OBJECTIVES: The correlation between formal coronary artery calcium scoring (CACS) determined by multi-detector CT (MDCT) and the presence of coronary calcium on standard non-gated CT chest examinations was evaluated.
METHODS: In 163 consecutive healthy participants, we performed screening same-day standard non-gated, non-enhanced CT chest exams followed by high-resolution, ECG-synchronized MDCT exams for CACS. For the standard CT examinations, a scoring system (Weston score, range 0-12) was developed assigning a score (0-3) for each coronary vessel including the left main trunk.
RESULTS: Overall, 30% and 39% of patients had CAC on standard CT and MDCT exams, respectively (P = 0.13). CAC on standard CT was highly correlated to the Agatston CACS on the MDCT (Spearman correlation coefficient 0.83, P < 0.001). Absence of calcium on the standard CT exam was associated with a very low CACS (mean Agatston 0.5, range 0-19). A Weston score >2 identified a CACS > 100 with an area under the curve of 0.976, sensitivity of 100%, and specificity of 85%. A Weston score >7 identified a CACS > 400 with an area under the curve of 0.991, sensitivity of 100%, specificity of 98%. The intra-observer variability was low as was the inter-observer variability between a cardiac specialized radiologist and a non-specialized reader.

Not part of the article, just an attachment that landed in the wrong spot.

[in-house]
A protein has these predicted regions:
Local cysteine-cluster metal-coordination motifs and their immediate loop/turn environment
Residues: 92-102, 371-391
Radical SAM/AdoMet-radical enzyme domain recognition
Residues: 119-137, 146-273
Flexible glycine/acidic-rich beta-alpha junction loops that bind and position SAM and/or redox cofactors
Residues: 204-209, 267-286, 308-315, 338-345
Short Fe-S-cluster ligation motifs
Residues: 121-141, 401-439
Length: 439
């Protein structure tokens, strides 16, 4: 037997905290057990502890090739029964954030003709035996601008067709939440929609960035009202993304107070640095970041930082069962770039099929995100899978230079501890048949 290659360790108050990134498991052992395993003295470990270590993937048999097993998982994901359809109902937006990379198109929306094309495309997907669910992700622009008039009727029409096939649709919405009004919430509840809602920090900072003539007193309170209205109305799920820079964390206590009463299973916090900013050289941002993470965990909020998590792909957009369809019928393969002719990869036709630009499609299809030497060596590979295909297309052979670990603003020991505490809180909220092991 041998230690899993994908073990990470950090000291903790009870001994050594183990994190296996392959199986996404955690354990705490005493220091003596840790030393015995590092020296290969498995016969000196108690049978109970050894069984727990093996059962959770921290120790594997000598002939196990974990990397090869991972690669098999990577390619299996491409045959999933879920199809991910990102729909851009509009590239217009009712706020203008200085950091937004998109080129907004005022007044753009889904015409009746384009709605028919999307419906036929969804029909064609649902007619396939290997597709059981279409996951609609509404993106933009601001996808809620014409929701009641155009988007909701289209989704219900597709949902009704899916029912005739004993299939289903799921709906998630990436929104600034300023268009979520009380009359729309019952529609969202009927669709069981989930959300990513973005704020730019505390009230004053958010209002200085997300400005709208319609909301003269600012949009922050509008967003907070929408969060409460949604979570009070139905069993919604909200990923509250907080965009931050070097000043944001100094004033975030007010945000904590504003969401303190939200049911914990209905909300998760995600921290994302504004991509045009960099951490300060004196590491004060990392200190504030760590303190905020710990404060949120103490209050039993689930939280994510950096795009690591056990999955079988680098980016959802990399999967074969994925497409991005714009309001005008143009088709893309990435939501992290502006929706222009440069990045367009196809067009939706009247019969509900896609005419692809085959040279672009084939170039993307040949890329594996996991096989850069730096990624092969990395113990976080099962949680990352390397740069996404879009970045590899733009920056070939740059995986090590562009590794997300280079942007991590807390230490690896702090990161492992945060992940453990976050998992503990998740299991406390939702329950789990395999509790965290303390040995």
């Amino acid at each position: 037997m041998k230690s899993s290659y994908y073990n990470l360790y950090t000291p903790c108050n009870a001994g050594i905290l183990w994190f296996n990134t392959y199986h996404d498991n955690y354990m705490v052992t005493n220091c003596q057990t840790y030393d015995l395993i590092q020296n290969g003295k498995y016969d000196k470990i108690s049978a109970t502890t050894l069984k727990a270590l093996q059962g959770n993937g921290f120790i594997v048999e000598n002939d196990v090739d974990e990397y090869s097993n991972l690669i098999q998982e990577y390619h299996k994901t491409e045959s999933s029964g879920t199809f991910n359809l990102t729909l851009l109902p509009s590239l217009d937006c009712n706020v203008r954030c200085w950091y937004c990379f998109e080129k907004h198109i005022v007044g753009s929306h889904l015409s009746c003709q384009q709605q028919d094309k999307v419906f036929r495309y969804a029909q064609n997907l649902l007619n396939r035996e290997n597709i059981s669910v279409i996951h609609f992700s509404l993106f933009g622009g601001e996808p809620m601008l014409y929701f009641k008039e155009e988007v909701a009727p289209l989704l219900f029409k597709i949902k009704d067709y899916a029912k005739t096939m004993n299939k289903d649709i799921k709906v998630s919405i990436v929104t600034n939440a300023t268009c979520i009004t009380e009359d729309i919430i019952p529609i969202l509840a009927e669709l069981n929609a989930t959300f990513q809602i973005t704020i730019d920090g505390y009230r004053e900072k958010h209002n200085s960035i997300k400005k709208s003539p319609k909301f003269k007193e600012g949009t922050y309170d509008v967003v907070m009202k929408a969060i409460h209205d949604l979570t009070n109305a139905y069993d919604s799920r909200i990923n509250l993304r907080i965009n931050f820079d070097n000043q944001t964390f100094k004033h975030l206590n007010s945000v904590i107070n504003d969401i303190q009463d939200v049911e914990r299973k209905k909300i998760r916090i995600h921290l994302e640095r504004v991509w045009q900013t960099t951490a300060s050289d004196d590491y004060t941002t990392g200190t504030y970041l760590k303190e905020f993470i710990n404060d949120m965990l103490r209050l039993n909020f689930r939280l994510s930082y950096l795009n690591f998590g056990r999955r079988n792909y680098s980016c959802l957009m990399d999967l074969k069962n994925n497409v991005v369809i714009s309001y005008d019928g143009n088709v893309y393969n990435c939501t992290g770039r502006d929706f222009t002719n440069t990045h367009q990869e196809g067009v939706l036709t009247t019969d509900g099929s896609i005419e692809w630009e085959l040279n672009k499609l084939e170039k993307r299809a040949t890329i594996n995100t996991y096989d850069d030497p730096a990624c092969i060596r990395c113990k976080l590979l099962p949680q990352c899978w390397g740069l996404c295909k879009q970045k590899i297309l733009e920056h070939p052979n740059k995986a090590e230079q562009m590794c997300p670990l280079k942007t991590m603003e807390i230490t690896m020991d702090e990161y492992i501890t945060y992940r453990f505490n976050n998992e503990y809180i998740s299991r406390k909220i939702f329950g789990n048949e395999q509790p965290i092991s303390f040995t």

CONCLUSIONS: A visual coronary artery scoring system on standard, non-gated CT correlates well
with traditional methods for CACS. Further, a non-expert cardiac radiologist performed equally well to a cardiac expert. This information suggests that a visual scoring system, at least in a descriptive manner can be utilized for a general statement about coronary artery calcification seen on standard CT imaging to guide clinicians in risk stratification.
Imaging Institute and
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